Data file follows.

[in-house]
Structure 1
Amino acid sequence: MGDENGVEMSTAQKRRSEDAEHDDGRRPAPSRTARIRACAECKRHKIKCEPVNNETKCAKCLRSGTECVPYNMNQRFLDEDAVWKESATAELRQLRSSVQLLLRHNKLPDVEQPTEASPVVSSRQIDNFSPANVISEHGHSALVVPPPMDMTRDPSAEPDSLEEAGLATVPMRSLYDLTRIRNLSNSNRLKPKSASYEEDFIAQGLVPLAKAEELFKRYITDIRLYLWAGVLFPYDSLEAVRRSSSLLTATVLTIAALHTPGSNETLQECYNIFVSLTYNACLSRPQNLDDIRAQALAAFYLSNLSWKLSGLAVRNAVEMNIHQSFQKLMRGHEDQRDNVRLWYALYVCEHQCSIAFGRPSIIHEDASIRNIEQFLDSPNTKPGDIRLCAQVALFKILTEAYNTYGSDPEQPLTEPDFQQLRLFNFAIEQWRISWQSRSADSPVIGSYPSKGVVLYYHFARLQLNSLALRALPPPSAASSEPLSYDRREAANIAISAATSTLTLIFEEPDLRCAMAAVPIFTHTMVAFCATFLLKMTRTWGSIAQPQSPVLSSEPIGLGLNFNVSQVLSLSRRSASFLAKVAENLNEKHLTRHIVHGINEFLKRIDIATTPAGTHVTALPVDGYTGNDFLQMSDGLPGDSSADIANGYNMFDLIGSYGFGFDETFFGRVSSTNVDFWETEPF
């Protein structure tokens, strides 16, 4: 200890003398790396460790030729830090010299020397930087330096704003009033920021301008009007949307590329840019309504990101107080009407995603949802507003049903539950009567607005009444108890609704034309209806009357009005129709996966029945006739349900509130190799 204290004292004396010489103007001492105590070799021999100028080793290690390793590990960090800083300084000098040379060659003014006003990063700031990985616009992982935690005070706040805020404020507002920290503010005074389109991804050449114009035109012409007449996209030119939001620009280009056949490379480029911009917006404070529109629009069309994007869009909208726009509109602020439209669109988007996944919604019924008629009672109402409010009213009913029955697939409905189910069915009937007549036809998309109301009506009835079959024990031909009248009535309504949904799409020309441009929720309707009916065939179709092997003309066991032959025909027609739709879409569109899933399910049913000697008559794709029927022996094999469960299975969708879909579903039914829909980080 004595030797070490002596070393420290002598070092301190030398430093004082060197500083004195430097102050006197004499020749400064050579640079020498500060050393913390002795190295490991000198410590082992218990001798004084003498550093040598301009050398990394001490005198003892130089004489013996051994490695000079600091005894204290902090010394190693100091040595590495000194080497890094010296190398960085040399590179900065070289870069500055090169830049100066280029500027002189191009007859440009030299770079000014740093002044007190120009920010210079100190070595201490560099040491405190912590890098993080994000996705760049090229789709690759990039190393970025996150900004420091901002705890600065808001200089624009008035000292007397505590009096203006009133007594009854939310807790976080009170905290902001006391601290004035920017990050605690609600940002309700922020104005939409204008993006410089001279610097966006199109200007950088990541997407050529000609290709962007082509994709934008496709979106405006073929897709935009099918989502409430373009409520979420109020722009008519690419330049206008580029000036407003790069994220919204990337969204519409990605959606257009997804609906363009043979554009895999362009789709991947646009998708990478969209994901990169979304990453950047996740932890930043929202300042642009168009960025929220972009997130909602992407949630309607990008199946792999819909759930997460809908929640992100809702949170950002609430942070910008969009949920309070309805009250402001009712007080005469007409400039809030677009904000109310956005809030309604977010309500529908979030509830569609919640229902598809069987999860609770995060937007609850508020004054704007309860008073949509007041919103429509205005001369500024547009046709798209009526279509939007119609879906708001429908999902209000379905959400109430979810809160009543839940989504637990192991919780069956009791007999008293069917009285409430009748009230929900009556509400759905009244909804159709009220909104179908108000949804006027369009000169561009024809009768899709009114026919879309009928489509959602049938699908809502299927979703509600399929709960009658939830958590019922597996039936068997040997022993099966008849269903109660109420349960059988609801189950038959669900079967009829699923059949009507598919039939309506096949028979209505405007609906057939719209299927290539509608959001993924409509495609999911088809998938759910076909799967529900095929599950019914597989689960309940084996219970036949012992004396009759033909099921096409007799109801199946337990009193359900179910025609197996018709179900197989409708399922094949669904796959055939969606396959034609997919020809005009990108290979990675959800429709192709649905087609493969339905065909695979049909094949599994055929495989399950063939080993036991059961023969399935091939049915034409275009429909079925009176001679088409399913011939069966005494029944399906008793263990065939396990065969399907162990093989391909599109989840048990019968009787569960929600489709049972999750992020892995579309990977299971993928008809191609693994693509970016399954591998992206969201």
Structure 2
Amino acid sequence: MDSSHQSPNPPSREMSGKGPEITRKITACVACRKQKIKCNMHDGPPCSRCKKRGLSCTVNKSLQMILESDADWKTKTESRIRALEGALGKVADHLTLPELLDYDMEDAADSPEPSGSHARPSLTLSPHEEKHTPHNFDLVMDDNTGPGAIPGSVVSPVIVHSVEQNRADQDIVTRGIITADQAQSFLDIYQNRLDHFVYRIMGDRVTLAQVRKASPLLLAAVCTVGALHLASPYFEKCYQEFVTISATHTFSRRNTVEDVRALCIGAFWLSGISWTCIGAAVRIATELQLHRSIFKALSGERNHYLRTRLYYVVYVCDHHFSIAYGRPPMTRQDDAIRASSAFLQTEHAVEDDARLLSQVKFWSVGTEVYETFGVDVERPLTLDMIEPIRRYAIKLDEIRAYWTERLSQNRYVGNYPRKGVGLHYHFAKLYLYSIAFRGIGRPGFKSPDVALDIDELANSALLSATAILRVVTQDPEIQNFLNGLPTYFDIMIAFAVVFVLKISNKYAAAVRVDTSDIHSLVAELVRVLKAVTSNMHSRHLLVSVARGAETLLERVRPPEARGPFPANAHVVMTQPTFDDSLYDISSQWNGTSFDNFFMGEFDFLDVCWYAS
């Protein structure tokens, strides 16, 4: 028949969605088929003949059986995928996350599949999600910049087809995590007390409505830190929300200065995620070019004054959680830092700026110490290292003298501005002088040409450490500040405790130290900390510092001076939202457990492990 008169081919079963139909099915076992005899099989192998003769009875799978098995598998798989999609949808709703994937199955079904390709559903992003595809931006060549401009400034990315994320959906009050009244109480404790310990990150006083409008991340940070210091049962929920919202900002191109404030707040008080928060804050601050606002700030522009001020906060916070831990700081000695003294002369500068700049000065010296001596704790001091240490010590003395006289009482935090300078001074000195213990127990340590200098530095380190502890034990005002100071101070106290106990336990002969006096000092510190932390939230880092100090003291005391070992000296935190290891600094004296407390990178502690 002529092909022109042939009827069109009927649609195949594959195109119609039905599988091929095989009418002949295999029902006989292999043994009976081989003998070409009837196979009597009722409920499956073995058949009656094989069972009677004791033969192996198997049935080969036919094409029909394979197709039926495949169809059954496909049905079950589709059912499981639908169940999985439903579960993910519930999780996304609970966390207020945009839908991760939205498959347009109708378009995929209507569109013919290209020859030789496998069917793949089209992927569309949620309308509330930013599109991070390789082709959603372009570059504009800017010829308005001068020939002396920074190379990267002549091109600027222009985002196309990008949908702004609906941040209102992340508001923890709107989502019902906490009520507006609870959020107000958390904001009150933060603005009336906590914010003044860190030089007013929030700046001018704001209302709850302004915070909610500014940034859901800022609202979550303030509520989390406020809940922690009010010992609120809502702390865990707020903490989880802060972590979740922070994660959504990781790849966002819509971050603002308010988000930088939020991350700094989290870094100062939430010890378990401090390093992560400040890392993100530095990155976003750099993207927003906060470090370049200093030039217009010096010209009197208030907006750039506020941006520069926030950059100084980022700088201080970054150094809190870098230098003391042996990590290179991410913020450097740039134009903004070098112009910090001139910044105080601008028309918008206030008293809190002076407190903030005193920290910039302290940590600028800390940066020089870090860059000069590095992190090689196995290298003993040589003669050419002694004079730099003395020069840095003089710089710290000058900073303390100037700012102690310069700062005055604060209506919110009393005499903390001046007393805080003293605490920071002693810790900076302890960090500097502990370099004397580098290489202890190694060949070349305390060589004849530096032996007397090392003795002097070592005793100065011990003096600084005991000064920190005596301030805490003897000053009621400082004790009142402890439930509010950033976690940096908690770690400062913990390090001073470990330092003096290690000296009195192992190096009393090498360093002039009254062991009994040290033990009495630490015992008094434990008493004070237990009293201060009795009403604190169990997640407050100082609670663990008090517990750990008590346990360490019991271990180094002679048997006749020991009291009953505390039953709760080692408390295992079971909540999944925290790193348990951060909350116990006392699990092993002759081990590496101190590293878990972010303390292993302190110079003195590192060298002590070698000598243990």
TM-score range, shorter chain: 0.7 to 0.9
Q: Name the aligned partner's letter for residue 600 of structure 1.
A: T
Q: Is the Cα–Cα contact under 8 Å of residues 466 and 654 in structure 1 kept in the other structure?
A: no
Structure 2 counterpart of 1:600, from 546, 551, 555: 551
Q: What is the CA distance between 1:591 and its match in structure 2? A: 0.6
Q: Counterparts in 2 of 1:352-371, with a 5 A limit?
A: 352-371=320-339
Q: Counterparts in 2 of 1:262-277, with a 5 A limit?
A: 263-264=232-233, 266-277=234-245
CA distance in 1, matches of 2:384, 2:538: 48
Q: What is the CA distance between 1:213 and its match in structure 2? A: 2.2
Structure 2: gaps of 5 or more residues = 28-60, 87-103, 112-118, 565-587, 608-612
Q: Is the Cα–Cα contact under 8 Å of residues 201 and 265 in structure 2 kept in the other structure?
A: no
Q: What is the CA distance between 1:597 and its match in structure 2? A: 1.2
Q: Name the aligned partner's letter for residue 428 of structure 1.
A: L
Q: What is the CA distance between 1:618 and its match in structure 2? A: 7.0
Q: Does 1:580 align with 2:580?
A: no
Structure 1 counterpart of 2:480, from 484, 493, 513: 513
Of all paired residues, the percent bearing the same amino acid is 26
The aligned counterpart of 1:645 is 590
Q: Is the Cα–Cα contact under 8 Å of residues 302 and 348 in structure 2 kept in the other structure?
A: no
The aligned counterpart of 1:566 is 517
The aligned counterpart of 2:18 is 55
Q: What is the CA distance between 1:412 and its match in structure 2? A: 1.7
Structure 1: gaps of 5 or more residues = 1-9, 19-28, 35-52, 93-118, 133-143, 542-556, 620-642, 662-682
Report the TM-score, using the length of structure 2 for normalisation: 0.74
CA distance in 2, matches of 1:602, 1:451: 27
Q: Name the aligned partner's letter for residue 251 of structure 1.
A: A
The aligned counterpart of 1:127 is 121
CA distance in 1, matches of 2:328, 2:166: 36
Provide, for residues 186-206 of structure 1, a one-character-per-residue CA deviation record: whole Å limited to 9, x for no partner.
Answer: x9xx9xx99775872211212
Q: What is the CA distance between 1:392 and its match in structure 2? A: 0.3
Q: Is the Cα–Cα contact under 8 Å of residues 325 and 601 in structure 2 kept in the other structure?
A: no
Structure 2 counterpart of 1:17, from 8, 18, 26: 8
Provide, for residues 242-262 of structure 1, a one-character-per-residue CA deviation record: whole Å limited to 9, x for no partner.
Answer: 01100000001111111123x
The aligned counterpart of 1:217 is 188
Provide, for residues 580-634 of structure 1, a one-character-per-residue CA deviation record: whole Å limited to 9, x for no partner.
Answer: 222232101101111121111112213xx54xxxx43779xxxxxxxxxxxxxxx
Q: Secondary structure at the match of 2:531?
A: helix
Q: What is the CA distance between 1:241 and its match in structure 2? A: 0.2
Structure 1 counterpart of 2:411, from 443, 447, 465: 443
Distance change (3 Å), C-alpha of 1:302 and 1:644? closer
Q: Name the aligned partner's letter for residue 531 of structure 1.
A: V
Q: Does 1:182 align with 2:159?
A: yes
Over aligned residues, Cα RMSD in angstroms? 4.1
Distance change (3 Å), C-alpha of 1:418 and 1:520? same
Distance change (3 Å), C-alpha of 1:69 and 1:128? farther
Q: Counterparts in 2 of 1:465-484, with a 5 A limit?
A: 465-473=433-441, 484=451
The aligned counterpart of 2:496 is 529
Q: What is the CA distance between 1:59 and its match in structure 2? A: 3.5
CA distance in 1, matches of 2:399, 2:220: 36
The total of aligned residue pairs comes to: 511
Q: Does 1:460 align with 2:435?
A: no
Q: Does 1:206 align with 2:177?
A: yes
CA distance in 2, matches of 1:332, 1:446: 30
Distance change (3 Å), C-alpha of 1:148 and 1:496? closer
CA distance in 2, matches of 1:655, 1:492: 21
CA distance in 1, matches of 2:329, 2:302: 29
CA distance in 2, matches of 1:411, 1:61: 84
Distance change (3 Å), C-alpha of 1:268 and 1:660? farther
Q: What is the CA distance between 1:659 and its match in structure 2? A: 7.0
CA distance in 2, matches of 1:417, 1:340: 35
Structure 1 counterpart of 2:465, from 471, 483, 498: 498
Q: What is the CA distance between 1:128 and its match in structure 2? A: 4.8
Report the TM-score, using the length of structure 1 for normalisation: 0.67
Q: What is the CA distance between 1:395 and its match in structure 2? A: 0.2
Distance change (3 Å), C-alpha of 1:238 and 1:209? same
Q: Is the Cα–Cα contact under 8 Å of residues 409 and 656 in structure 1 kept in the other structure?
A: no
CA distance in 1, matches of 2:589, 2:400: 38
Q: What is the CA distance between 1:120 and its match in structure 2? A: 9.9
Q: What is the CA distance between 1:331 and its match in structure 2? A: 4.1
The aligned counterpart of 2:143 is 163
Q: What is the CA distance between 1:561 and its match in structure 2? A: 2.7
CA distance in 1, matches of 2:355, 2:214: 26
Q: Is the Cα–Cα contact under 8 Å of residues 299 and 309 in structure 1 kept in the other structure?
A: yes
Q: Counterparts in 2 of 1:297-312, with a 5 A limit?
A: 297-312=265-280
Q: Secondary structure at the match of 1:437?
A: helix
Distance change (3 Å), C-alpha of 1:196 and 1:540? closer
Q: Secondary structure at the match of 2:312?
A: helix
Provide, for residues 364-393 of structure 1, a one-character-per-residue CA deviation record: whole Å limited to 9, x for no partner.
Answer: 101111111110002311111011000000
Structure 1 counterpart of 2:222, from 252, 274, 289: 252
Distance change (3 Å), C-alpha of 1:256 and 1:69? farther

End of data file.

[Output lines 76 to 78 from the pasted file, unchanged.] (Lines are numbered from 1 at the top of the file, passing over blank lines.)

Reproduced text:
Q: Does 1:206 align with 2:177?
A: yes
CA distance in 2, matches of 1:332, 1:446: 30